From your description:
1. Dad left hospital AMA.
2. Dad refuses meds.
3. Dad still drinks/smokes if has access--even though those pose danger to himself and others;
4. Dad cannot bathe self;
5. Dad is shutting some people out of his life;
6. Dad is depressed;
7. Dad has severe liquid intake restriction;
***When someone does/has all that,
AND chooses to keep his bad habits,
AND been doing that for many years,
he already chose his method of slow death.

Your brother's removal of the alcohol and smokes did NOT cause Dad to suddenly "give up" and say he wants to die.
Dad was already thinking it, and used [ANYone] else removing the substances, so he can point a finger and blame someone else for his own failure to be able to stop himself/change his own behaviors.
TRUTH: Dad would blame ANYONE else the same way, no matter how good the rationale is for removing those substances, or who it was--but a target person he believes is more vulnerable, will get blamed first, and it is common for siblings raised that way, to get sucked into believing another sibling is at fault for those kinds of statements from a sick, substance abuser like your Dad.

NOone needs feel guilty when Dad puts on blackmailing, accusatory statements.
He would point at anyone else, and find any reason to state same, given his choices and habits.
IT is NOT your fault, nor anyone elses', that dad is depressed.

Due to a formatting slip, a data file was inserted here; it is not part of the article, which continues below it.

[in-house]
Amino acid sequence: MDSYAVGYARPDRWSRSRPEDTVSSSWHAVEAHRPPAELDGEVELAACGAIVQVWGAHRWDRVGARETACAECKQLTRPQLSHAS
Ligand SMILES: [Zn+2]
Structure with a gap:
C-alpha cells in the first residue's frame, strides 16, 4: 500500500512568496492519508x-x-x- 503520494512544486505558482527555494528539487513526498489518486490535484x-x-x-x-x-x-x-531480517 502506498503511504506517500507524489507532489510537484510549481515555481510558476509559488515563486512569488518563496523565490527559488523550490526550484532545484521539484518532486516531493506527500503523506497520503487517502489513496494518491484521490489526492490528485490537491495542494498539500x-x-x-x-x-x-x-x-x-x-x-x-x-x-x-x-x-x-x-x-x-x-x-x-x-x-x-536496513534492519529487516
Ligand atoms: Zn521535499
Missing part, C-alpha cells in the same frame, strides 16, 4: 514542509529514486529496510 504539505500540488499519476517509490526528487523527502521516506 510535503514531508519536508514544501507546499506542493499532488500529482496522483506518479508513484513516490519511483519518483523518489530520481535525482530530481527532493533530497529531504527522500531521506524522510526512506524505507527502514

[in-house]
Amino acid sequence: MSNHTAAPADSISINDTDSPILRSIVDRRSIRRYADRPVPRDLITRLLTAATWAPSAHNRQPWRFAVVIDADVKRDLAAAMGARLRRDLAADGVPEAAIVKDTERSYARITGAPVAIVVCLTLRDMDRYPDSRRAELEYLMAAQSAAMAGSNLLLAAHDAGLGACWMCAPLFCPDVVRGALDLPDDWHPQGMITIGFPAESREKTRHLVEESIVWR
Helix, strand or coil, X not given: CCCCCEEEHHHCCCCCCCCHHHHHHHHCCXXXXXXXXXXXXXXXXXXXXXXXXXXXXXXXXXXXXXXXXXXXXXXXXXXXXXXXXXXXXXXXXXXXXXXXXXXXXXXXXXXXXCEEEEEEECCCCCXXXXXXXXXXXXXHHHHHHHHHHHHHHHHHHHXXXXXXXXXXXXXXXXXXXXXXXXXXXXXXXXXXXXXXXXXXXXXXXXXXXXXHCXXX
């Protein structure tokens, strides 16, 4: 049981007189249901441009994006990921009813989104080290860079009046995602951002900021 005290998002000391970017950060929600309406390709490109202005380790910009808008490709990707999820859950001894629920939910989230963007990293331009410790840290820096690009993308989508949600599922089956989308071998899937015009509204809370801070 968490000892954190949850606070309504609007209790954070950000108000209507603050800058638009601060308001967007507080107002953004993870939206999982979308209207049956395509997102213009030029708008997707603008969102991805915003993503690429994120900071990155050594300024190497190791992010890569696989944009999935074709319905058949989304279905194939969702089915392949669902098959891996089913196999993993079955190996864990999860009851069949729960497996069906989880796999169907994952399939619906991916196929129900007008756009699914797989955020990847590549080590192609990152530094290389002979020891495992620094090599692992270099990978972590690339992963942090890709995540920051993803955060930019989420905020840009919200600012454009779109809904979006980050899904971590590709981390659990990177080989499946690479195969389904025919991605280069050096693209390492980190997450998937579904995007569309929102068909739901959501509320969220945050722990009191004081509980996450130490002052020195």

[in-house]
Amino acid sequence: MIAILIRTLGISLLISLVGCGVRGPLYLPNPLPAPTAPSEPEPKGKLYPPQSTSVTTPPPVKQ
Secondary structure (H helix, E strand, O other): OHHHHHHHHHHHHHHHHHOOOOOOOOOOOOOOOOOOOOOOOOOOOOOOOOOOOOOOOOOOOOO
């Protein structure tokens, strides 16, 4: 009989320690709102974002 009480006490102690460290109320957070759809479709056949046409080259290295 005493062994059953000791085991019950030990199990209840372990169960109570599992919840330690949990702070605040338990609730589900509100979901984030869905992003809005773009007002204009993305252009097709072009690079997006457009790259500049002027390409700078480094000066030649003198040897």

Damage has been created in Dad's body by Dad himself, unlikely reversible; when he is down to that 3/4 c. of water per day, that means his body systems are shutting down, and rather irreversibly, according to medical knowledge [not barring huge miracles].
Dad not letting you into his life, perhaps means he fears you might intervene and take steps to prolong his life--he does not want that.
He does not want Docs/Meds/care.

BUT...even when people do that, they still wish for people to support their choices in an unconditionally loving way
--supporting a person's choices that lead to an earlier death, is one of the hardest things for anyone do do for another.
We rarely have people in our society who teach "permission is granted" to allow a loved one to choose to die. Truthfully, we do NOT have to force a person to live, when quality of life is drastically, permanently reduced. Indeed, if an adult who can think for himself behaves and chooses ways that lead to early death, despite knowledge of how to stop that, known for decades, means they make informed choice.
Sick, but informed.

SO...
---IS it a question of letting Dad continue with his alcohol and smokes, as his only means of comforting himself? [his version of "quality of life"]
---IS Dad endangering himself or others, using smokes that could start his housing on fire?